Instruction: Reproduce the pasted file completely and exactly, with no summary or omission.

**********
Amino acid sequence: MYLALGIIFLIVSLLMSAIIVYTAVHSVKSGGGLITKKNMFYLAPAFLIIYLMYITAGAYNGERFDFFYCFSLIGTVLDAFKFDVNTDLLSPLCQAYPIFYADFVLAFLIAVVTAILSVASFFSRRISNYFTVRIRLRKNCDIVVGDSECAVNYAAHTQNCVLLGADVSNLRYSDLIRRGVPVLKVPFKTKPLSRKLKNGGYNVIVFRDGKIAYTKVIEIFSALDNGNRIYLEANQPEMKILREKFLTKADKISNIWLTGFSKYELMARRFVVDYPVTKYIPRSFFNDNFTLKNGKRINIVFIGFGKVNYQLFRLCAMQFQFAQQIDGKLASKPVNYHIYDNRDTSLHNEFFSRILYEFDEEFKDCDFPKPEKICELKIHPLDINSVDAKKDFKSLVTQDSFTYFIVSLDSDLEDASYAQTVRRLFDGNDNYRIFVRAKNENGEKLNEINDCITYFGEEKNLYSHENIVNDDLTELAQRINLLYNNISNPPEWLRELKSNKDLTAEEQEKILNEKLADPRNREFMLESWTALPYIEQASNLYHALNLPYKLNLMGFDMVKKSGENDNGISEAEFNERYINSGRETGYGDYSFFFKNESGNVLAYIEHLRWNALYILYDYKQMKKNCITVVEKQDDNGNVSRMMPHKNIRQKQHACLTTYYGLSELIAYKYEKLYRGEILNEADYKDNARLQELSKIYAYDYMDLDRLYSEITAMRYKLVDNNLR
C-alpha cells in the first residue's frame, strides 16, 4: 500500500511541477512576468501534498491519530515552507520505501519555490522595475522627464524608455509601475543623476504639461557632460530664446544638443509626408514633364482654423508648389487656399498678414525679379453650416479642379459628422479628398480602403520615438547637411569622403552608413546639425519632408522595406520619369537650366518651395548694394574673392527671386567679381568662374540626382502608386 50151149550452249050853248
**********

Amino acid sequence: MYLALGIIFLIVSLLMSAIIVYTAVHSVKSGGGLITKKNMFYLAPAFLIIYLMYITAGAYNGERFDFFYCFSLIGTVLDAFKFDVNTDLLSPLCQAYPIFYADFVLAFLIAVVTAILSVASFFSRRISNYFTVRIRLRKNCDIVVGDSECAVNYAAHTQNCVLLGADVSNLRYSDLIRRGVPVLKVPFKTKPLSRKLKNGGYNVIVFRDGKIAYTKVIEIFSALDNGNRIYLEANQPEMKILREKFLTKADKISNIWLTGFSKYELMARRFVVDYPVTKYIPRSFFNDNFTLKNGKRINIVFIGFGKVNYQLFRLCAMQFQFAQQIDGKLASKPVNYHIYDNRDTSLHNEFFSRILYEFDEEFKDCDFPKPEKICELKIHPLDINSVDAKKDFKSLVTQDSFTYFIVSLDSDLEDASYAQTVRRLFDGNDNYRIFVRAKNENGEKLNEINDCITYFGEEKNLYSHENIVNDDLTELAQRINLLYNNISNPPEWLRELKSNKDLTAEEQEKILNEKLADPRNREFMLESWTALPYIEQASNLYHALNLPYKLNLMGFDMVKKSGENDNGISEAEFNERYINSGRETGYGDYSFFFKNESGNVLAYIEHLRWNALYILYDYKQMKKNCITVVEKQDDNGNVSRMMPHKNIRQKQHACLTTYYGLSELIAYKYEKLYRGEILNEADYKDNARLQELSKIYAYDYMDLDRLYSEITAMRYKLVDNNLR
C-alpha cells in the first residue's frame, strides 16, 4: 500500500511541477512576468501534498491519530515552507520505501519555490522595475522627464524608455509601475543623476504639461557632460530664446544638443509626408514633364482654423508648389487656399498678414525679379453650416479642379459628422479628398480602403520615438547637411569622403552608413546639425519632408522595406520619369537650366518651395548694394574673392527671386567679381568662374540626382502608386 50151149550452249050853248